Operating systems concepts. alternate ed. (English) Zbl 0758.68023

Addison-Wesley Series in Computer Science. Reading, MA: Addison-Wesley. XIII, 573 p. (1988).
The authors have written a textbook for an introductory course on operating systems in two versions. One is titled ’Operating system concepts’, and the other - ’Operating System Concepts, Alternate Edition’. Both versions concentrate on concepts that underlie operating systems. They cover all major aspects of the field, i.e. what operating systems are needed for, how they have been developed, what they are, what they do, and how they achieve their goals. The contents of both is almost identical. The main difference lies in the sequence in which various topics of operating systems are presented and discussed.
In the original edition, the presentation starts from what operating systems are, their common features, their role for the user, and for the computer system operator. Then, it explains algorithms and structures of operating systems: cpu scheduling, memory management, and device management. Next, it introduces the concept of cooperating sequential processes, facilitating a unified view of a computer system as a collection of such processes. That leads to high-level languages for writing concurrent programs, including operating systems. The last three topics are: protection systems, design principles, and distributed systems.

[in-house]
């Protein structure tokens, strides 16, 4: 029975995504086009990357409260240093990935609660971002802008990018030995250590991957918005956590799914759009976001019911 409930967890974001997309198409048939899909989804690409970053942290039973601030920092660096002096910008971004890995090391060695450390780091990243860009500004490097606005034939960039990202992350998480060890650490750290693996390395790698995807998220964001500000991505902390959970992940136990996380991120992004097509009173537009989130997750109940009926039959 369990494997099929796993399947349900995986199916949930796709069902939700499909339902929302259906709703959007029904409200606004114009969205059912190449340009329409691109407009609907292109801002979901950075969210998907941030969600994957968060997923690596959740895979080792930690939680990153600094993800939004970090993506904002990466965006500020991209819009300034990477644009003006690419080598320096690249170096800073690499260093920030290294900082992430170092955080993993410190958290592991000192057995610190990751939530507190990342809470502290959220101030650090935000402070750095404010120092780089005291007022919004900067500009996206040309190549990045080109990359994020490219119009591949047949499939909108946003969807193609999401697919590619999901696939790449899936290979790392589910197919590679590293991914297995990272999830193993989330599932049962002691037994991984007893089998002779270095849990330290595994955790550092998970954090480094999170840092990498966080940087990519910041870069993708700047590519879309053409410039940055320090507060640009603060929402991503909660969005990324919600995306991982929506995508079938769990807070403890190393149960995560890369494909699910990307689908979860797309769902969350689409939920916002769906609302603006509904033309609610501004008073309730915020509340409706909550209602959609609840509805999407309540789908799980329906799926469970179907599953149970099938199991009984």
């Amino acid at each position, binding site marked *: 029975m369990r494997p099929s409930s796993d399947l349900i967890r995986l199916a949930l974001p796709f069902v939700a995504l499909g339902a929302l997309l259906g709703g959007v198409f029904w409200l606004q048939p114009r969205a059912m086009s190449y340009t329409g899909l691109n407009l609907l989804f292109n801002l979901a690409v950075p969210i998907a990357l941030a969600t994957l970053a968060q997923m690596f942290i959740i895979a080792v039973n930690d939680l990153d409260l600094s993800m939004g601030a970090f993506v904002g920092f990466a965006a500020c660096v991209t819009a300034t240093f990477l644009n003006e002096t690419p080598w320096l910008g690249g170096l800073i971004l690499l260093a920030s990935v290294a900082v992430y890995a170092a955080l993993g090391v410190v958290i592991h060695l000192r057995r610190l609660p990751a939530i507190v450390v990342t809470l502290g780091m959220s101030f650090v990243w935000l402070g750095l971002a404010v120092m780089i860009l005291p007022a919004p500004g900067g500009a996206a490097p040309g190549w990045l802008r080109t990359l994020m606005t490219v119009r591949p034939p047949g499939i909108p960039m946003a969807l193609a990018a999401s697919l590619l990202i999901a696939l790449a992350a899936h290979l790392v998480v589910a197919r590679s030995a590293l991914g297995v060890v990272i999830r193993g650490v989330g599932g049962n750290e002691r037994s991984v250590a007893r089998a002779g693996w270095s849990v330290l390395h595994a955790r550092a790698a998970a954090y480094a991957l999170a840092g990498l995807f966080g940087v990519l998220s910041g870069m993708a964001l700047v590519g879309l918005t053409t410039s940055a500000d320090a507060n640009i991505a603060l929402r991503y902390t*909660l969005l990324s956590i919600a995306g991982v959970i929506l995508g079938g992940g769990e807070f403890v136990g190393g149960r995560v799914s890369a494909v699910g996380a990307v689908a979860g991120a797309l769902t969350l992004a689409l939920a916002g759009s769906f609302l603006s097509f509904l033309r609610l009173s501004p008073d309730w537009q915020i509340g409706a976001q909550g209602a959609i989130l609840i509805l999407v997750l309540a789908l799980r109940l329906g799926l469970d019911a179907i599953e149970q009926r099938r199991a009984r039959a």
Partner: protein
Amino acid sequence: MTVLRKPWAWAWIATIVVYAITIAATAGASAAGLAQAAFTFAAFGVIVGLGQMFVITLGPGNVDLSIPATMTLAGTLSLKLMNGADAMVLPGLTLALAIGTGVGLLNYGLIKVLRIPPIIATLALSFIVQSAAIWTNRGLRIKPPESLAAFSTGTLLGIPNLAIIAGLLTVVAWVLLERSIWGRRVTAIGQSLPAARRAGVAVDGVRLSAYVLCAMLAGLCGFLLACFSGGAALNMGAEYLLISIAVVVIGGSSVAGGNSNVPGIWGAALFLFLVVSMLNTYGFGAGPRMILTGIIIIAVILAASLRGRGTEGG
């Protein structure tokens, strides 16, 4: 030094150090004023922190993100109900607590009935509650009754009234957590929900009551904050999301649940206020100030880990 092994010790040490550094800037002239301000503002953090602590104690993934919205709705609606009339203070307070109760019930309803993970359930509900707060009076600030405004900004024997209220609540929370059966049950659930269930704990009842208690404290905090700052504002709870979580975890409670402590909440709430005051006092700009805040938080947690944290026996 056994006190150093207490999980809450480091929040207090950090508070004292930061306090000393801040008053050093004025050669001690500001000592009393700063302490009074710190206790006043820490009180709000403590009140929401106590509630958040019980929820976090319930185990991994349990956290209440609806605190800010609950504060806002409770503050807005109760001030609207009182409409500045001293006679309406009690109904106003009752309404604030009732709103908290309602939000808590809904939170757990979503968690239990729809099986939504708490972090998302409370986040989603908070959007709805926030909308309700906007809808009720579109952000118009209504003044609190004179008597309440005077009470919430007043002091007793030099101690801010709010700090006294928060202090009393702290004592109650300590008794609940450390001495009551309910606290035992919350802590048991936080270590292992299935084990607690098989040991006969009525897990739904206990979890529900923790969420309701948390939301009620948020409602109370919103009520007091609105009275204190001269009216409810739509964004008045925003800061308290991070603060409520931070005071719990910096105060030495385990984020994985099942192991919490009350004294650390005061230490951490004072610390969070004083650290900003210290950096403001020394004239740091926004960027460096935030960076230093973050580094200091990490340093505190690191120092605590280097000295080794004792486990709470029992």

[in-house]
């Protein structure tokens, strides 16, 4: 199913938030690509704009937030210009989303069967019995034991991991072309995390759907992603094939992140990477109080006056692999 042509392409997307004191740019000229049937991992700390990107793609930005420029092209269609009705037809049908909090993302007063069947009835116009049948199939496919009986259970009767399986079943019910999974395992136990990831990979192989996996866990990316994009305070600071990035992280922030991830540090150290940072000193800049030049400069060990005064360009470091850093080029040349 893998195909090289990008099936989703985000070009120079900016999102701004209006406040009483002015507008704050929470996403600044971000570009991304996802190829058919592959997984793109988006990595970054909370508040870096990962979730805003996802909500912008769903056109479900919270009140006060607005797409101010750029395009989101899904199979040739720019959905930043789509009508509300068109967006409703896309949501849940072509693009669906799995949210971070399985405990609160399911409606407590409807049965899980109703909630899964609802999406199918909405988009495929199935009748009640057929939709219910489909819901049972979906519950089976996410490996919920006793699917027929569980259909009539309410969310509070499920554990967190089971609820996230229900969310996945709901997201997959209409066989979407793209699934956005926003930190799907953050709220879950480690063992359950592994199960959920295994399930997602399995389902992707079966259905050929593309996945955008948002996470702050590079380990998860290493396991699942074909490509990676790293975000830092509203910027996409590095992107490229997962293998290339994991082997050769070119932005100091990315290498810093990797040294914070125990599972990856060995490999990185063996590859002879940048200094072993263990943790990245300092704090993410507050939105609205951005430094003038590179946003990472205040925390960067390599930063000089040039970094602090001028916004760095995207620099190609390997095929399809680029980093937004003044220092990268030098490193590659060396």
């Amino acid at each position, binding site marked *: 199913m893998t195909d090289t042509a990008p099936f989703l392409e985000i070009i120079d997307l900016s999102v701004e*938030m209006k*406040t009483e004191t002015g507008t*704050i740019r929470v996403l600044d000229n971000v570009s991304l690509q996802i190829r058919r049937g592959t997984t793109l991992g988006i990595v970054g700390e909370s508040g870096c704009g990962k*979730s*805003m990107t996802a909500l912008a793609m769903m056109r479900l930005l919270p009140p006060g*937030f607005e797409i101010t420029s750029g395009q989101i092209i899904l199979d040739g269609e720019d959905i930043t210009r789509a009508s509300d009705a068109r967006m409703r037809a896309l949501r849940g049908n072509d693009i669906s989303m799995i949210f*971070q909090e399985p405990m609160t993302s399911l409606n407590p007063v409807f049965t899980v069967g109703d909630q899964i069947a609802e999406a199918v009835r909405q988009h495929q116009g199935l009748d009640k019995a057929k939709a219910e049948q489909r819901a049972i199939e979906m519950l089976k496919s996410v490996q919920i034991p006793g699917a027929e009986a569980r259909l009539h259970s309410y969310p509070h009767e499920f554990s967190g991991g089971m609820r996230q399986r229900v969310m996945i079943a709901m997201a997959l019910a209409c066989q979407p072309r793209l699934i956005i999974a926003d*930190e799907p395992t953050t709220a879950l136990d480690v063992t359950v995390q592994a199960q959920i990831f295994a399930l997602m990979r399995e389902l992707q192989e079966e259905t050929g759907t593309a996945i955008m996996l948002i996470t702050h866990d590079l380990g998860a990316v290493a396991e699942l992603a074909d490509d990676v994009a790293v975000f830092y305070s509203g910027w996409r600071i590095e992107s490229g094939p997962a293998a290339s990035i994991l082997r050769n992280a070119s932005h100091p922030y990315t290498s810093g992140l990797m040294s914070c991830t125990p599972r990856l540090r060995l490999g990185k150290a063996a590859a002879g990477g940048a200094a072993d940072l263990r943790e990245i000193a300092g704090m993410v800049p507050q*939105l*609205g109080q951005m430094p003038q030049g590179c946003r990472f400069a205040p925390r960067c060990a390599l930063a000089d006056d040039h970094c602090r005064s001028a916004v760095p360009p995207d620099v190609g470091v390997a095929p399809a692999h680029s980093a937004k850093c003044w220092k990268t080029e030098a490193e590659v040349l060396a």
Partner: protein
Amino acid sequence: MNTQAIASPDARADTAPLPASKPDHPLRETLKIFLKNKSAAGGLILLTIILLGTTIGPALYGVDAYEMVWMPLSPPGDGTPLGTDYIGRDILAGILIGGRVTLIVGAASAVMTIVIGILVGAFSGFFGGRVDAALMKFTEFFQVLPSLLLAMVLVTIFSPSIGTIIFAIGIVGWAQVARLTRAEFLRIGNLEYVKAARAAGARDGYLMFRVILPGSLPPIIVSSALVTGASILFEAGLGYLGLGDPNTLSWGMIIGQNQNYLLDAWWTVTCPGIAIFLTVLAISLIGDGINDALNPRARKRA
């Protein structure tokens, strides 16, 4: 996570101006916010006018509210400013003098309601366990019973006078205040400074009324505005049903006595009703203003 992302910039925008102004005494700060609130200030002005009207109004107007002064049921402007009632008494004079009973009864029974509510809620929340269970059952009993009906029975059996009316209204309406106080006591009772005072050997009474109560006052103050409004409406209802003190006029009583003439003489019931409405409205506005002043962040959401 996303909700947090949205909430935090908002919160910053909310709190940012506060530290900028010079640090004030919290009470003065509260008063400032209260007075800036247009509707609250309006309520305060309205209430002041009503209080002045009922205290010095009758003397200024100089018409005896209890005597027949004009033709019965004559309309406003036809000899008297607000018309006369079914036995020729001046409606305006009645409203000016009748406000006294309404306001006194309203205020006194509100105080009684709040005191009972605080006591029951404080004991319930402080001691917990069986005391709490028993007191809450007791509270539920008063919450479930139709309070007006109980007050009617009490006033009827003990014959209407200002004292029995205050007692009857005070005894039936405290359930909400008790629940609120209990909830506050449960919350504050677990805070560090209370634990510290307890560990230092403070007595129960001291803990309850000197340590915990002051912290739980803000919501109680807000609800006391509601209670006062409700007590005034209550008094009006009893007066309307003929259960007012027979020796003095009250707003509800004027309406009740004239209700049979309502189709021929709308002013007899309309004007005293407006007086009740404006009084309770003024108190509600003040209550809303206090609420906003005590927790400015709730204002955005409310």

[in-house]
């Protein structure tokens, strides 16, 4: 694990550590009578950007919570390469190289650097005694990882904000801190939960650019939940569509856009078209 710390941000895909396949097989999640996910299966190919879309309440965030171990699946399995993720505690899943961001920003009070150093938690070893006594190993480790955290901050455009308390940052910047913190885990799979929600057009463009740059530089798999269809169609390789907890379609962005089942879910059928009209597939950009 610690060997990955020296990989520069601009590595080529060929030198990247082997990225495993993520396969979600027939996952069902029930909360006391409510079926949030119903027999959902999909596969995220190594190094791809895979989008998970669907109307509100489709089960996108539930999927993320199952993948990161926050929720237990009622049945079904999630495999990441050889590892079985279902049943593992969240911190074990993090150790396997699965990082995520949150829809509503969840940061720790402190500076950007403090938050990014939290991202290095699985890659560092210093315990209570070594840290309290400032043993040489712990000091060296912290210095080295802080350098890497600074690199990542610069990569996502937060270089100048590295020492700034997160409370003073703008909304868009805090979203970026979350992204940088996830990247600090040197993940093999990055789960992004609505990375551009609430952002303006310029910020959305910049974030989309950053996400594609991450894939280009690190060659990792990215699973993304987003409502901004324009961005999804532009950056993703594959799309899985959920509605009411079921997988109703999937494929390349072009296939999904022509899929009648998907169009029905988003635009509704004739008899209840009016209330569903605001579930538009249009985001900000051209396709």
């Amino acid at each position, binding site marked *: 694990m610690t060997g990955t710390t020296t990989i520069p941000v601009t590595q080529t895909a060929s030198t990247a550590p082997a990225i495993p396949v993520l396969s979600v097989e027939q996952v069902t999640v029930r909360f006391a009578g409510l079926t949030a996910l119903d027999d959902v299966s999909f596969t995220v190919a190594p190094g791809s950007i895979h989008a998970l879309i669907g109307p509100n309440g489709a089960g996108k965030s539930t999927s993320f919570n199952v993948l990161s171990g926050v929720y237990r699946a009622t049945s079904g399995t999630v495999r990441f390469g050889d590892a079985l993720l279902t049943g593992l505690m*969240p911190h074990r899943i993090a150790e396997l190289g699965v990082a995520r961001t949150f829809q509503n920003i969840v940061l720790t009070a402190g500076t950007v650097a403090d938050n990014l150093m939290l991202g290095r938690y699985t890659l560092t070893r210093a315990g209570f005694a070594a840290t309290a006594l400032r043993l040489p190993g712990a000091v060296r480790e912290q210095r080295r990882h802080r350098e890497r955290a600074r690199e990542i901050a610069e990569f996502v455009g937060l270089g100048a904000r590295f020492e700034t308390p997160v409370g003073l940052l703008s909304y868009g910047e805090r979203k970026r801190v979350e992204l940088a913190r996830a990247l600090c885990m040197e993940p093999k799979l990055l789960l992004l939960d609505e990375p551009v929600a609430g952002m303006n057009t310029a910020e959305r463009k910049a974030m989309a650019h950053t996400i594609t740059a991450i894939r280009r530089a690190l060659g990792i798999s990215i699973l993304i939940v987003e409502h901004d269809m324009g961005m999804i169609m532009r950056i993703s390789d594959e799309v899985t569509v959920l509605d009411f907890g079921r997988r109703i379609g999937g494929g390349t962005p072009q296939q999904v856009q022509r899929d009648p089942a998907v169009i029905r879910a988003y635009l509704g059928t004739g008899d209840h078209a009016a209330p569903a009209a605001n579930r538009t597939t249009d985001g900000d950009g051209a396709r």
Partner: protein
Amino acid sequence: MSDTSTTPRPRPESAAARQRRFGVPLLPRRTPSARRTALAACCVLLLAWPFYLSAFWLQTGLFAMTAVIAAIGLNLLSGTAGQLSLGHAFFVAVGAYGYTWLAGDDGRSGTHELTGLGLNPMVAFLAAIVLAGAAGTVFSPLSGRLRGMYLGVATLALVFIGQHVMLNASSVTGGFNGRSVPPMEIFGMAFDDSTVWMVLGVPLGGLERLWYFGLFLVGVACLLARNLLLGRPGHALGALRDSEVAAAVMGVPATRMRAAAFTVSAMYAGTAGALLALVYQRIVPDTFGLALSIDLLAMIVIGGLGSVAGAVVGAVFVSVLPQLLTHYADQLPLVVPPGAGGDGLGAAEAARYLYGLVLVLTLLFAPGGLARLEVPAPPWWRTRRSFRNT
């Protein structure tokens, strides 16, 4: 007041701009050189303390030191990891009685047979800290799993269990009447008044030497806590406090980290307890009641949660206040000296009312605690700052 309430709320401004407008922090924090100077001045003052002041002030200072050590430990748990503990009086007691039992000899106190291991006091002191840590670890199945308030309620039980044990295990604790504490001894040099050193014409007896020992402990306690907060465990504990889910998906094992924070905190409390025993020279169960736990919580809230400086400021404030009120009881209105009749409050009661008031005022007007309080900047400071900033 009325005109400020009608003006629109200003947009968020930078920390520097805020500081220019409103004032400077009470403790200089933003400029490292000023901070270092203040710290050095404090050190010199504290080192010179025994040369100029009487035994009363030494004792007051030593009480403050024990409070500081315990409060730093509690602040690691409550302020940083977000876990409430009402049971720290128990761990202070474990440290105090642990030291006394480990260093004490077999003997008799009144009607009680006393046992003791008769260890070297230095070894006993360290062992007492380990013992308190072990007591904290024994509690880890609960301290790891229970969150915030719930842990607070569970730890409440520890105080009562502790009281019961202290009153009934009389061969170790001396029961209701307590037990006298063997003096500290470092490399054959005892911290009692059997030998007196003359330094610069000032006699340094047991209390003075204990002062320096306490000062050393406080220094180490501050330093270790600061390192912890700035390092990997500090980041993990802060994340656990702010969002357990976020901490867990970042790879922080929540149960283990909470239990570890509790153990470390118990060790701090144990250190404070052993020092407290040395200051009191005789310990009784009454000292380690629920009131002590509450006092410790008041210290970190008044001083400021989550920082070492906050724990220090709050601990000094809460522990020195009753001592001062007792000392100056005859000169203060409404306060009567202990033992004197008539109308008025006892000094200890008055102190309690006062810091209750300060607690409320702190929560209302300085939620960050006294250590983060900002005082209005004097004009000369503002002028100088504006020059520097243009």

The sequence of the original edition facilitates a systematic presentation of operating system principles, where the topics and issues discussed so far form a basis for the next one. Such an arrangement of the book material may serve well a student who can read the book first, and then, do practical exercises, assignments and projects in design, modifications, tuning, etc., of various operating system components. This is seldom the way operating system courses are organized at universities. Usually, students are given practical tasks to do shortly after the course starts, long before its theoretical part finishes. To facilitate practical work as early in the course as possible, the authors have rearranged the material, and brought the chapters on concurrent processes and parallel programming language constructs to the beginning of the book. Its rearranged version is titled ’Operating System Concepts, Alternate Edition’.
The book, similarly to its original version, discusses operating system concepts without focusing on any particular operating system. Only the last two chapters are devoted to existing systems. Chapter 14 presents Unix, and chapter 15 reviews several operating systems that are milestones in the history of the field: Atlas, THE, RC4000, Multics, OS/360, and others.


68N25 Theory of operating systems
68M20 Performance evaluation, queueing, and scheduling in the context of computer systems
68-01 Introductory exposition (textbooks, tutorial papers, etc.) pertaining to computer science